The first step is to enter your domain. The example in this case is booking.com
Next, add the domains you feel you’re unable to compete with. These can either contain the protocol or subdomain, or not.
You can find your competing domains by using a tool such as Moz’s Free Domain SEO Analysis Tool. Alternatively you can go to [Output 4] Current Traffic/ SOV Per Domain, which displays all of the domains ordered by total estimated traffic and share of voice.
We would recommend revising this list once you have seen the results, to include any additional domains you hadn’t previously included.
On the right side of the page, you can choose to include pre-defined domains in the list. This includes standard, hard-to-beat domains such as Google and Amazon, or social media domains such as Facebook and Twitter.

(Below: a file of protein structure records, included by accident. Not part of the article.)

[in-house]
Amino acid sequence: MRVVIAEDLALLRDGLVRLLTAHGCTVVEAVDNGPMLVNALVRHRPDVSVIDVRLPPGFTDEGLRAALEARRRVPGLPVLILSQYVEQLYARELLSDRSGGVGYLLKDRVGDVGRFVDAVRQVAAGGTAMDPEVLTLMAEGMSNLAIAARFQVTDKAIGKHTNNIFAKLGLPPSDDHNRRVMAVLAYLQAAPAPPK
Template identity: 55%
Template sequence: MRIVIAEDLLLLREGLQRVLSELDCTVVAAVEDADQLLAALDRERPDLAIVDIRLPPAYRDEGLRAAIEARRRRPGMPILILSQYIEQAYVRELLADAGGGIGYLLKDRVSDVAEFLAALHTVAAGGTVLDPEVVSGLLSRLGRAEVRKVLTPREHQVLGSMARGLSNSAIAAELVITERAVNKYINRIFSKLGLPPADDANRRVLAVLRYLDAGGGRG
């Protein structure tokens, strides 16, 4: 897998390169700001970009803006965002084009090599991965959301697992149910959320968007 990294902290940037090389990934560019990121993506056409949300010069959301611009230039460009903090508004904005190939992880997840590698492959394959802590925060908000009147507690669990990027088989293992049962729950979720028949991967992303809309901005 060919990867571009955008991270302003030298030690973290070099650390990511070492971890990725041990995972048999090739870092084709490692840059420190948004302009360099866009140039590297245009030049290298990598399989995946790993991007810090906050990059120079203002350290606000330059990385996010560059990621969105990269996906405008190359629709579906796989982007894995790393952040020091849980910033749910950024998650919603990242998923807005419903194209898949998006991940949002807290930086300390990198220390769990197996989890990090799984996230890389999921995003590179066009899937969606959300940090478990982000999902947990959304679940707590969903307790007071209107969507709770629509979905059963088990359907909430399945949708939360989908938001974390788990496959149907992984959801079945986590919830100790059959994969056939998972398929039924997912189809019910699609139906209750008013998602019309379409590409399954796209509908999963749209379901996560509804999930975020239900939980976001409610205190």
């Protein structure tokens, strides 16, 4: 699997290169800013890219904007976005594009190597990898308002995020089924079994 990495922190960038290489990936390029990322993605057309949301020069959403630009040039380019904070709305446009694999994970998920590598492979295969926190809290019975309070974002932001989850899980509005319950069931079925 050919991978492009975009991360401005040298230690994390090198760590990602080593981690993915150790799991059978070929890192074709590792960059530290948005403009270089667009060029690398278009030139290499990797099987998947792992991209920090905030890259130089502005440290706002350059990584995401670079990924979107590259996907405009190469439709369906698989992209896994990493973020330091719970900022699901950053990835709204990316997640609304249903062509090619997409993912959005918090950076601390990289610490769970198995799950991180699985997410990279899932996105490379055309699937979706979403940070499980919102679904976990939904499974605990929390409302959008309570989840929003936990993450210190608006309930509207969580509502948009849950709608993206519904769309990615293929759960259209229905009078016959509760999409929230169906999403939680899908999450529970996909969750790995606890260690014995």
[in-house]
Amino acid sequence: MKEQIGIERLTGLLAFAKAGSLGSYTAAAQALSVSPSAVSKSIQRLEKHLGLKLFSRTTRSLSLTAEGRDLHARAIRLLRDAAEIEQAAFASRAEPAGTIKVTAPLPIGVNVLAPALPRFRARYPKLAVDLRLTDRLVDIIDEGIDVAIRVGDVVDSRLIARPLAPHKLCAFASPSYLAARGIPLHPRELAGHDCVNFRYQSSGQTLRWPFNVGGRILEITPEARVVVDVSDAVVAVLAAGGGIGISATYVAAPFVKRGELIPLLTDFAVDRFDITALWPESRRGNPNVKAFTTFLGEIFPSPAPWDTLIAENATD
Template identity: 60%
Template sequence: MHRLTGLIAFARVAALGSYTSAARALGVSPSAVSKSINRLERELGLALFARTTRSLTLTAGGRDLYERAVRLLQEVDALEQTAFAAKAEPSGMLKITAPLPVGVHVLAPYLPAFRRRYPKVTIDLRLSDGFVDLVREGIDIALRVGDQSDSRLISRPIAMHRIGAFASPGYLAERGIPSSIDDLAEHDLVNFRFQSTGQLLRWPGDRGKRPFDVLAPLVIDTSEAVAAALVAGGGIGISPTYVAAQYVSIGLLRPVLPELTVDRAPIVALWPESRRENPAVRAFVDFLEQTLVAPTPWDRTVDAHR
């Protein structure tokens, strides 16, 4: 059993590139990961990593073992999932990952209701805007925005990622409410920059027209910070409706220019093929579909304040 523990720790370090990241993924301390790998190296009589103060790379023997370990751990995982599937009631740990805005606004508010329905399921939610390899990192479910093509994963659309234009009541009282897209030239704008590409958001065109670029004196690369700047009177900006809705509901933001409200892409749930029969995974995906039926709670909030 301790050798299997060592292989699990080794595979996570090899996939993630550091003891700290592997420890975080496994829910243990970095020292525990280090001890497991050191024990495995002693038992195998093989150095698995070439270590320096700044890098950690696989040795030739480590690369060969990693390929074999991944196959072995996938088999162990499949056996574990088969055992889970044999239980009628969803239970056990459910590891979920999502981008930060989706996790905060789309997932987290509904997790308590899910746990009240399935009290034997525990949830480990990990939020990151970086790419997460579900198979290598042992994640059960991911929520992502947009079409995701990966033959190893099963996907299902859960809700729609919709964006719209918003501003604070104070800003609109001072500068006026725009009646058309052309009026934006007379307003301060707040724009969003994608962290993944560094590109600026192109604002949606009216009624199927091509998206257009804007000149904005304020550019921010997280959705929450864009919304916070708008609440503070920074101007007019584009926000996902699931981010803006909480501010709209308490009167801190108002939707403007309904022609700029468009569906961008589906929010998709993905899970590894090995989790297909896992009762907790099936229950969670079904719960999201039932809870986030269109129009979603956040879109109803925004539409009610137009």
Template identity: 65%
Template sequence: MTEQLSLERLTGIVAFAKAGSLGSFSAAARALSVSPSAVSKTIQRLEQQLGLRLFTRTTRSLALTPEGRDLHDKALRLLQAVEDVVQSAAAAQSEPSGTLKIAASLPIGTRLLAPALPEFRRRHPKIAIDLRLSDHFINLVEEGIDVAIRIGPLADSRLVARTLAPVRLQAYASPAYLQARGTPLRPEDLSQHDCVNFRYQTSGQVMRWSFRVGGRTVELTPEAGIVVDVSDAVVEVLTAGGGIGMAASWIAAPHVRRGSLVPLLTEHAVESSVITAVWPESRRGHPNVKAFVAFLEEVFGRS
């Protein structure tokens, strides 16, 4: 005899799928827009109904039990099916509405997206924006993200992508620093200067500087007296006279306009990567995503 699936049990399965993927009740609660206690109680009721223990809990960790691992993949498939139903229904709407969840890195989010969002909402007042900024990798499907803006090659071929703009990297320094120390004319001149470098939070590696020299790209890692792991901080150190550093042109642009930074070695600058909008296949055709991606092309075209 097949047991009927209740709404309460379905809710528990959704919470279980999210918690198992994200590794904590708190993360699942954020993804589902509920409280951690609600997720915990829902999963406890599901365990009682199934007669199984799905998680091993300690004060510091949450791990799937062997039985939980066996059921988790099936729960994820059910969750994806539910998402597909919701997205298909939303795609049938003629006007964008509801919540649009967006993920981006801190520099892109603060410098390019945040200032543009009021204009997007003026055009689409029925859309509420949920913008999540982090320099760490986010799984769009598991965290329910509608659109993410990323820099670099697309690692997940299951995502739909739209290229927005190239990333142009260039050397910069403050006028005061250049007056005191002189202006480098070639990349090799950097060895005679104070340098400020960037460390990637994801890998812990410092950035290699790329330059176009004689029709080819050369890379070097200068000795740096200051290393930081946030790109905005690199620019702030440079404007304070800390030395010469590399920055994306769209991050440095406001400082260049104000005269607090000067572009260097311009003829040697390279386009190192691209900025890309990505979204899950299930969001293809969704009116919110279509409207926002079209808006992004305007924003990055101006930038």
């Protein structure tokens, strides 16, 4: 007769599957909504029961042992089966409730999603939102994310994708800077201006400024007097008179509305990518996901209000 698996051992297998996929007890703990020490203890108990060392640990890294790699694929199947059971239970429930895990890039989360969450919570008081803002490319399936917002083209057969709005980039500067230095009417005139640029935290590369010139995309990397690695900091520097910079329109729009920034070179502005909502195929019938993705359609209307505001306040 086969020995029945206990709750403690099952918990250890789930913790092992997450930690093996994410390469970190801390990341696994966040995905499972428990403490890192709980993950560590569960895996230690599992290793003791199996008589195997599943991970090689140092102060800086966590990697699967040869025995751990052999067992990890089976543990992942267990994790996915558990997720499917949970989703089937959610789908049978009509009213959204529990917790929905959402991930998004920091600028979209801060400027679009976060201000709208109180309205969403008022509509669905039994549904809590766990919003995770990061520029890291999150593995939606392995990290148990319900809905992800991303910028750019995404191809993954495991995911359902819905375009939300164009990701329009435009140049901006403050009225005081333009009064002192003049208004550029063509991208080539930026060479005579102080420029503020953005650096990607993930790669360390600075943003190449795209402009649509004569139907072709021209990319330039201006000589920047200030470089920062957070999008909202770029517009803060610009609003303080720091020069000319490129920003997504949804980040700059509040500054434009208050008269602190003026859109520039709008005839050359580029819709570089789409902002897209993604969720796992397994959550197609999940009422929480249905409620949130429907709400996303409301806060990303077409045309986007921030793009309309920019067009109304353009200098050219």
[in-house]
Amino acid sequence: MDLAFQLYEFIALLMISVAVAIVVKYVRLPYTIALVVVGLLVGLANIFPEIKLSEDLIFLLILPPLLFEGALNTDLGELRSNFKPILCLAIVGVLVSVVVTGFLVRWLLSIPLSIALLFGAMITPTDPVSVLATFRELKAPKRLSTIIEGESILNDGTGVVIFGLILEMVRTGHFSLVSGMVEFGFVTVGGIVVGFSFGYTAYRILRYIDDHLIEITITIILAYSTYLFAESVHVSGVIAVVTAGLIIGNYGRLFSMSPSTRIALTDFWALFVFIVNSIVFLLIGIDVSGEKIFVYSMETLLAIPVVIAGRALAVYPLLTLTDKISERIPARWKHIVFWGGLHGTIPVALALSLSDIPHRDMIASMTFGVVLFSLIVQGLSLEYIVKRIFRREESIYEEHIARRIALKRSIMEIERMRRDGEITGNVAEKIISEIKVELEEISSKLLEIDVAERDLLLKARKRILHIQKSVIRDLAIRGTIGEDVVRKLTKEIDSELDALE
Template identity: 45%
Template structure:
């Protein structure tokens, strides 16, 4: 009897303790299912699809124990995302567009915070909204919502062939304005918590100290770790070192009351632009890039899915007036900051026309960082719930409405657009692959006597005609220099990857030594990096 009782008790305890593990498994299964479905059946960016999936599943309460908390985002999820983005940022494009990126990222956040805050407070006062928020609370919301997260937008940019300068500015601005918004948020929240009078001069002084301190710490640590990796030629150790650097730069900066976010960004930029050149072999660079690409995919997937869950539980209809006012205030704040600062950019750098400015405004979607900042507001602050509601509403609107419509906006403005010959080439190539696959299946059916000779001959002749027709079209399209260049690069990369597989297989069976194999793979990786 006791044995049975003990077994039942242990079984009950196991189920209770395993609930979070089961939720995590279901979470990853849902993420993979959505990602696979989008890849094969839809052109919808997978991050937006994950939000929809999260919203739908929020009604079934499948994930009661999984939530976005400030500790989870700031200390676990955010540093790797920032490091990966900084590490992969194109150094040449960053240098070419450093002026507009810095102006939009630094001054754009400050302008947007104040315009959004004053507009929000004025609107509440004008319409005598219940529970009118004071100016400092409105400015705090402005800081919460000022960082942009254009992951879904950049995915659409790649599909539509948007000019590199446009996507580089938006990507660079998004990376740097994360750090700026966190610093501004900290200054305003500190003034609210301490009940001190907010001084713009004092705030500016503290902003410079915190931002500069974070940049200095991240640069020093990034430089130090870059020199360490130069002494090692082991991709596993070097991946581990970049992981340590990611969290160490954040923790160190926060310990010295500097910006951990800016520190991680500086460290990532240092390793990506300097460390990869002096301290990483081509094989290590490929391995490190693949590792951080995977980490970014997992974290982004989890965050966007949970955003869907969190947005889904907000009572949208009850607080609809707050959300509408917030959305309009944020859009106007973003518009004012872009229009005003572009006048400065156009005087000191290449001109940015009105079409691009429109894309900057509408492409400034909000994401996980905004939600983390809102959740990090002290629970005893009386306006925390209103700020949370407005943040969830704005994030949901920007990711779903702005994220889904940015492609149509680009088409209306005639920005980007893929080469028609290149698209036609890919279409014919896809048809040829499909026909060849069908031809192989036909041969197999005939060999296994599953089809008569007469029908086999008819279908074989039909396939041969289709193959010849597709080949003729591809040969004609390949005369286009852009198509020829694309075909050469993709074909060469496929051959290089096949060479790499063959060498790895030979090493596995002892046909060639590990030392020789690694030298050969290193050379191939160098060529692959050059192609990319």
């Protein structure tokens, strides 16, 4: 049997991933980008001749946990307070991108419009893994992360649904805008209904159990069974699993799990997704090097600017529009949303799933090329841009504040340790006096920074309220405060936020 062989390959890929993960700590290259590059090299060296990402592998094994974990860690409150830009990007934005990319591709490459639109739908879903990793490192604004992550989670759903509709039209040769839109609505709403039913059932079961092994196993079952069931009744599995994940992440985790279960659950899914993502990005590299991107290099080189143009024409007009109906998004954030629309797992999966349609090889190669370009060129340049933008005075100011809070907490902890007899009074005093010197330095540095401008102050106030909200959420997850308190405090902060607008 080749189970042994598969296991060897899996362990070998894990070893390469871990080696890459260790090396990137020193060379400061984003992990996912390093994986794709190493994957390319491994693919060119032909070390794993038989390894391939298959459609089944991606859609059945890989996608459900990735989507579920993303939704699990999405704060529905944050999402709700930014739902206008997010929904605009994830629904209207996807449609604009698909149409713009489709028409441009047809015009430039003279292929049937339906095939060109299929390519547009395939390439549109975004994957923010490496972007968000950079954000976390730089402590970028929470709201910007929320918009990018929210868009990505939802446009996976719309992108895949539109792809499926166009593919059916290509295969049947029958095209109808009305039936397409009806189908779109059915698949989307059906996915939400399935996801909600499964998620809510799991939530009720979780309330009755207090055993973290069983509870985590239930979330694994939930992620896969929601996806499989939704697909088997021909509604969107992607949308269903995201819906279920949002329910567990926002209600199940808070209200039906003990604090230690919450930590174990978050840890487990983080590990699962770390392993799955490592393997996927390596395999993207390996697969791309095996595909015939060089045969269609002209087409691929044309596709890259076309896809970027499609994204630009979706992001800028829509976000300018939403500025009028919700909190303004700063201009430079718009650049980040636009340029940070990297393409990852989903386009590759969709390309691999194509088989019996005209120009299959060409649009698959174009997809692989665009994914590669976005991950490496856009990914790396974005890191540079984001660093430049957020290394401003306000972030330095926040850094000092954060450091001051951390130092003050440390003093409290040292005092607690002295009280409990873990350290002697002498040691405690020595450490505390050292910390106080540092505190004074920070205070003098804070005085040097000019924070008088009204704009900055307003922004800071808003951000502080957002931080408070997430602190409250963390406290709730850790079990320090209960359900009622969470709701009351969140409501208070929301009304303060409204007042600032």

Finally, you can decide whether you want to exclude domains that contain target keywords in the domain name. For example, if you don’t think you could beat Easyjet for “Easyjet flights”, tick this box and the sheet automatically ignores any time Easyjet is ranking for a search that includes the word “Easyjet”.
Stage 4: Entering CTR, conversion rates, and average order values
Navigate to [Input] CTR, Conv Rate and AOV.
This section is designed for you to enter an estimated CTR for each position, average conversion rate, and average order value (AOV).
You can access the CTR position data yourself by using Google Search Console. It would make sense to focus on non-branded keywords, as branded keywords would skew these figures.
Advanced Web Ranking also provides an average CTR for each position for different industries based on a sample of sites. This can be found by navigating to the categories tab on this page.
Note: If you leave this column blank, traffic estimates will use the Average Non Branded CTR from Advanced Web Rankings.